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Okay so I'm going to have a very hard time trying to convey what I want to because I myself am unsure on how to frame this question.

Is there any philosophical branch that deals with 'binarial' nature of the universe? Is there any reference or book on something which tries to explain where someone must've proposed the idea of two possible outcomes to any action? Left right, up down, positive negative, possible not possible, alive dead and etc etc....

I'm really really sorry but I am unable to find anything on this and I am curious to know how philosophers read into this concept..

  • There is an extensive literature. Most of it comes under the heading of 'mysticism' since the Perennial philosophy is all about groking that we live in a dualistic world of opposites. Consider the sound of one hand clapping...... – PeterJ Oct 1 '18 at 11:53
  • In my opinion, your question is very similar to the philosophical trend - Dualism. Check out this direction ... – Cyril Oct 2 '18 at 19:15
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You might care to take Derrida and deconstruction as a starting point.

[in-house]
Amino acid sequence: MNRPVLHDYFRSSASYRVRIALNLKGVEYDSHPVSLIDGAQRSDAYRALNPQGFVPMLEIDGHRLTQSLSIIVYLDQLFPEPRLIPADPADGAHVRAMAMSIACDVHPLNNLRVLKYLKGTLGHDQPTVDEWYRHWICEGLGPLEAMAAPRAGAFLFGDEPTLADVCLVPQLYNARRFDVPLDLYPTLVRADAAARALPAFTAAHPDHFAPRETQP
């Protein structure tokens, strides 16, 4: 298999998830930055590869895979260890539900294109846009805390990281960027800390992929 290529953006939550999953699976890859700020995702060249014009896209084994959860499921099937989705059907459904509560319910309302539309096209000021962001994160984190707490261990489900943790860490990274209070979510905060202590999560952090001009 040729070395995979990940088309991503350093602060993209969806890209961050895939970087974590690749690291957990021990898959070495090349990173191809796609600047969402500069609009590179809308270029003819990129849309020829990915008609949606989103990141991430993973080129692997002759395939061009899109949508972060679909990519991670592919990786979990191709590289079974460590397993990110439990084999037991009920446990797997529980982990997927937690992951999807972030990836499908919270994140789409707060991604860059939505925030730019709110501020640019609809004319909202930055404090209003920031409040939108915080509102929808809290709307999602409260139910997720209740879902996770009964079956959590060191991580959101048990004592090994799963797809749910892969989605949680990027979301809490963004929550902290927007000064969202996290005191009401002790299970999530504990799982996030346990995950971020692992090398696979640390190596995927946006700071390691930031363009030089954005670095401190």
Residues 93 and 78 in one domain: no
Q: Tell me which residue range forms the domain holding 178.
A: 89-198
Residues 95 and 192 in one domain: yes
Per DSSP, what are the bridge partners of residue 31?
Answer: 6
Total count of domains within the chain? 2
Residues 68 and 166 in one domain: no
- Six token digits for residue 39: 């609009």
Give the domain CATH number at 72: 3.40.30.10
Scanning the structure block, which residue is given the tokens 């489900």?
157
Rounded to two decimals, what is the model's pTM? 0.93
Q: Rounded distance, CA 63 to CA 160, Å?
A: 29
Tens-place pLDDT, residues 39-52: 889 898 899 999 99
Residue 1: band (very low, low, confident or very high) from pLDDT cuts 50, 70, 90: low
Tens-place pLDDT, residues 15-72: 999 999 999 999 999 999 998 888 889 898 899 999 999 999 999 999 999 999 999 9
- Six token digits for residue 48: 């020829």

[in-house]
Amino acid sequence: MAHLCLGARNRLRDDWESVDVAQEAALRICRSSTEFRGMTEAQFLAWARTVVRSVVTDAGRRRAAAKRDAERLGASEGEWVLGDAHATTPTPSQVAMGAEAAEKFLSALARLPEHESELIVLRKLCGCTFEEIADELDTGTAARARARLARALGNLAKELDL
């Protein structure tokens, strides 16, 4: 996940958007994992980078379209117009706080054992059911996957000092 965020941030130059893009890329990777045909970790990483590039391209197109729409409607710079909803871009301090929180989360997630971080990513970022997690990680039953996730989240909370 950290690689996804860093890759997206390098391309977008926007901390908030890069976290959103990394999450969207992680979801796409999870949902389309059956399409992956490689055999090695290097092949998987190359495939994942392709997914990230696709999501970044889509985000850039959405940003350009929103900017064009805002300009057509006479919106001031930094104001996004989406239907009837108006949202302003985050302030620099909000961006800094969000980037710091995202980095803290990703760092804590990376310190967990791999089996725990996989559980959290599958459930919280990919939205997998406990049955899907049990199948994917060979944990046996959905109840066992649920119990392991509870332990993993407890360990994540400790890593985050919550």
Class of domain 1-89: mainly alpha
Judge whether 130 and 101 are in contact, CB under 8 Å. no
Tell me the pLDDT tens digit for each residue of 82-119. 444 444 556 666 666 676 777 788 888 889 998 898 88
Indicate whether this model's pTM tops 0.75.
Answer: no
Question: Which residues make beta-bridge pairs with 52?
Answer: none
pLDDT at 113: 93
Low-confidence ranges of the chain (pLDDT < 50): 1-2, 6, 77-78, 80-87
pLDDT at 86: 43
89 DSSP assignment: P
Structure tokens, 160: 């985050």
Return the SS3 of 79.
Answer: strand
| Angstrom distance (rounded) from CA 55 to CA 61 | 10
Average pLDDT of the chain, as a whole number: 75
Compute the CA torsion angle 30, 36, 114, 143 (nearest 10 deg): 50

Western thought, says Derrida, has always been structured in terms of dichotomies or polarities: good vs. evil, being vs. nothingness, presence vs. absence, truth vs. error, identity vs. difference, mind vs. matter, man vs. woman, soul vs. body, life vs.death, nature vs. culture, speech vs. writing. ( Jacques Derrida, Dissemination, trans. by Barbara Johnson (Chicago: University of Chicago Press, 1981), Translator's Introduction, p. x.)

These opposites, however, have not been seen as equal entities. The second term is always put in the position of being a fallen or corrupted version of the first. Thus evil is the lack of good, absence is the lack of presence, error is a distortion of truth, and difference is an obstruction of identity. The two terms are not held in an opposing tension but are placed in a hierarchical order which gives the first term priority both in time and quality. The general result has been the privileging of unity, identity, and temporal and spatial presence over diversity, difference, and deferment in space and time. (Harold G. Coward, '"Speech versus Writing" in Derrida and Bhartṛhari', Philosophy East and West, Vol. 41, No. 2 (Apr., 1991), pp. 141-162 : 142-3.)

Derrida is not an easily accessible writer without a guide, so at least I have found. I suggest you approach him first through a commentary :

Julian Wolfreys, Derrida: A Guide for the Perplexed, ISBN 10: 0826486010 / ISBN 13: 9780826486011 Published by Continuum, 2007.

Christopher Johnson, Derrida (The Great Philosophers), ISBN 10: 0753801841 / ISBN 13: 9780753801840 Published by W&N 1997-10-27, 1997.

Christopher Norris, Derrida (Fontana Modern Masters), ISBN 10: 0006860575 / ISBN 13: 9780006860570 Published by Fontana Press, 1987.

Jack Reynolds, ed., Understanding Derrida, ISBN 10: 0826473164 ISBN 13: 9780826473165 Publisher: Continuum, 2004.

Online searches for 'Derrida' and 'deconstruction' may also be helpful, now that you know what to look for.

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